More than two types of these compounds can be used. These nitrogen-containing heterocyclic compounds are incorporated in an intensifying developing solution and/or a silver halide photographic material.
The preferred examples of nitrogen-containing heterocyclic compounds of this invention are 5-membered or 6-membered heterocyclic compounds containing a nitrogen atom, condensed ring thereof and nitrogen-containing heterocyclic compounds represented by the following general formulae (I) and (II). ##STR1##
In the general formulae (I) and (II), A represents a substituted or unsubstituted alkyl group, alkenyl group, alkynyl group, aralkyl group, alicyclic hydrocarbon group or aryl group, B represents a substituted or unsubstituted di-valent hydrocarbon group. For example, the following di-valent groups are preferable. ##STR2##
n represents an integer of 1 to 12. X represents an anion other than iodide. Z represents non-metallic group which forms a heterocyclic ring with a N atom.
The more preferred examples of 5-membered or 6-membered heterocyclic compounds containing a nitrogen atom and the condensed ring thereof are illustrated below. ##STR3##
In the general formulae (III) to (XIV), R1, R2, R3 and R4 each represents hydrogen, an alkyl group, an aralkyl group, an alkenyl group, an alkoxy group, an aryl group, --NRR', --COOR, --SO3 M, --CONRR', --NHSO2 R, --SO2 NRR', --NO2, an halogen atom, --CN or --OH group. (R and R' each represents hydrogen, an alkyl group, an aryl group and an aralkyl group, M represents hydrogen, and an alkali metal atom.) When R1 and R2 each is an alkyl group, both may be connected with each other to form an aliphatic carbon ring.
R5 represents hydrogen, an alkyl group having from 1 to 5 carbon atoms and --S--R" group. (R" is hydrogen, an alkyl group, an aryl group and an aralkyl group.) R6 is hydrogen and an alkyl group.
R7 is hydrogen, an alkyl group and an aryl group. R8 represents an alkyl group, an aryl group, a benzyl group, a pyridyl group. R9 represents an alkyl group, an alkenyl group, and an aryl group. R10 and R11 represent an alkyl group, an alkenyl group and an aryl group. When R10 and R11 are an alkyl group, both may be connected with each other to form an aromatic ring.
As a N-containing heterocyclic compound having a mercapto group, these compounds represented by the following general formula are preferable. ##STR4##
In the general formula (XV), Q represents an oxygen atom, a sulfur atom or an --NR"' group (R"' is hydrogen, an alkyl group, an unsaturated alkyl group, or a substituted or unsubstituted aryl or aralkyl group). Y and Z each is a carbon atom or a nitrogen atom, R12 and R13 each represents hydrogen, an alkyl group, an unsaturated alkyl group, a substituted or an unsubstituted aryl group, or a substituted or an unsubstituted aralkyl group, --SR"" and --NH2 group (R"" is hydrogen, an alkyl group, an aryl group, an aralkyl group, an alkylcarboxylic acid or an alkali metal salt thereof, an alkylsulfonic acid or an alkali salt thereof), and when both of Y and Z are a carbon atom, R12 and R13 may form a substituted or unsubstituted aromatic ring.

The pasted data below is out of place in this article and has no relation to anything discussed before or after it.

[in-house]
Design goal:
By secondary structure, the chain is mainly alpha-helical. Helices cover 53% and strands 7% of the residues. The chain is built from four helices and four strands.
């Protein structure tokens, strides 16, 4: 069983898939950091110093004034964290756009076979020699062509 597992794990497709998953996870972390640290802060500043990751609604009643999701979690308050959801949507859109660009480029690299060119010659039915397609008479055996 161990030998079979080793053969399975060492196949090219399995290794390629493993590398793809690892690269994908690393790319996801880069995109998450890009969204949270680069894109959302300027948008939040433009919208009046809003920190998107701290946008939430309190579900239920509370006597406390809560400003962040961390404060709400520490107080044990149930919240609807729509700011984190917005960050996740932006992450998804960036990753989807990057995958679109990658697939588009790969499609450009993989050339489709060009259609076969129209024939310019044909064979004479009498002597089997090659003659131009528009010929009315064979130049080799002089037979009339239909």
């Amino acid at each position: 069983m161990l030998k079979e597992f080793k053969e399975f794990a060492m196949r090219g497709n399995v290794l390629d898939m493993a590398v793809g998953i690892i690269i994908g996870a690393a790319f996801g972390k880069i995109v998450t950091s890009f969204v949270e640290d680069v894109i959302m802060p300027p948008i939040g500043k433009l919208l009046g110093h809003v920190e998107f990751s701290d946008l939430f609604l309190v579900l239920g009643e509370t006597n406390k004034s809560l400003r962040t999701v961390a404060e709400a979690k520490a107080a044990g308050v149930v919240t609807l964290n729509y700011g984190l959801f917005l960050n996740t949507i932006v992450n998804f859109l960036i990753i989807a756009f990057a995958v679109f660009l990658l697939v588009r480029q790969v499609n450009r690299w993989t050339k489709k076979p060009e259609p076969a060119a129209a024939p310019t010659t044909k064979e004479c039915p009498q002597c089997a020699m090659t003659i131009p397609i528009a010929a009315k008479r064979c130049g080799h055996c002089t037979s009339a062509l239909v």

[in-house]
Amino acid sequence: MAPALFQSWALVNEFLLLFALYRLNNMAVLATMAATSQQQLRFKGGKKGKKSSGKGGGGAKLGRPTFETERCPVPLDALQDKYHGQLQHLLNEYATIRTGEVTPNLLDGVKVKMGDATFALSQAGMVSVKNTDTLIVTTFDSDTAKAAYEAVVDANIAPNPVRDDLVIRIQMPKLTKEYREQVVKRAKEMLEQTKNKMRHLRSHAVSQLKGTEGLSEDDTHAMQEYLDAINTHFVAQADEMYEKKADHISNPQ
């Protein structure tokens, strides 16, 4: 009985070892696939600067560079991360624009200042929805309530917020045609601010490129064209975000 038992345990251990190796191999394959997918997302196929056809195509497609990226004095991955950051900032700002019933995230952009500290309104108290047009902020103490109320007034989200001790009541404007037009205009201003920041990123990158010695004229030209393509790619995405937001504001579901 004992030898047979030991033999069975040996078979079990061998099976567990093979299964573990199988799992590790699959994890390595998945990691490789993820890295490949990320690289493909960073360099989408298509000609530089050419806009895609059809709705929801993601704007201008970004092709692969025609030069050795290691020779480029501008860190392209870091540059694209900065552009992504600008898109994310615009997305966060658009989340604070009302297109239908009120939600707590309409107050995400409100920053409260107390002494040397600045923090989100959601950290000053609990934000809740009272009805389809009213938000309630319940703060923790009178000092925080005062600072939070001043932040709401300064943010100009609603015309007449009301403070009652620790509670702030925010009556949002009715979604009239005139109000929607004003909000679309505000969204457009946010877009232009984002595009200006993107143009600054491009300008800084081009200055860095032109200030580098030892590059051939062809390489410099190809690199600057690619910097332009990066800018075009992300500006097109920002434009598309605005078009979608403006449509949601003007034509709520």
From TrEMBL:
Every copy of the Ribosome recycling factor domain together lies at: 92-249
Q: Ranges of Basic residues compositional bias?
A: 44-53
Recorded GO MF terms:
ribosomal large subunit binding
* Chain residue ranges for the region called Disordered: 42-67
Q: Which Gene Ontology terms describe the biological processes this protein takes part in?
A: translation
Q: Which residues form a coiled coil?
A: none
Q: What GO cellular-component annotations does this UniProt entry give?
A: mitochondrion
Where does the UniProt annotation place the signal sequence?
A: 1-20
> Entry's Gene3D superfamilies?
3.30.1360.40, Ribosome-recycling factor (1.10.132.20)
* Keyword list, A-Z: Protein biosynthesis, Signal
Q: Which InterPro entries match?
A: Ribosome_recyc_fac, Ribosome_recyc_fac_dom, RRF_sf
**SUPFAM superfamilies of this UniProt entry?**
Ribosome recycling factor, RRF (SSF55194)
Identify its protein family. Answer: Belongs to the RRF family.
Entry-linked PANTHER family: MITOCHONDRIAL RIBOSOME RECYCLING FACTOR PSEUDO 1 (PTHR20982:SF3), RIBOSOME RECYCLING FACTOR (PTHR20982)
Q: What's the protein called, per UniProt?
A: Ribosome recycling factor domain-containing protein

The most preferred examples of the above-illustrated general formulae include the general formulae (IV), (VI), (X) and (XI).
Typical examples of the compounds of this invention are shown below. ##STR5##
The amount of nitrogen-containing heterocyclic compounds having an anti-fogging effect to be added into the developing intensifier is not specifically limited. The amount depends on the kind of silver halide which is used in the silver containing-photographic materials, the amount of silver to be coated and the kind of compound having the above mentioned anti-fogging effect. However, it is preferred that the amount to be added is 1/10 or less than that conventionally employed in a developing solution and intensifying solution. The amount is generally between 1×10-7 to 1×10-2 mole per 1 liter of intensifying developing solution, preferably 1×10-6 and 1×10-3 mole/l, more particularly 3×10-6 and 1×10-4 mole/l. When these compounds are added to silver halide photographic materials, the amount thereof is generally 10-8 to 10-2 mole per m2 of the photographic materials, preferably 10-7 to 10-3 mole/m2. Further, nitrogen-containing heterocyclic compounds in the following prior arts can be used in this invention.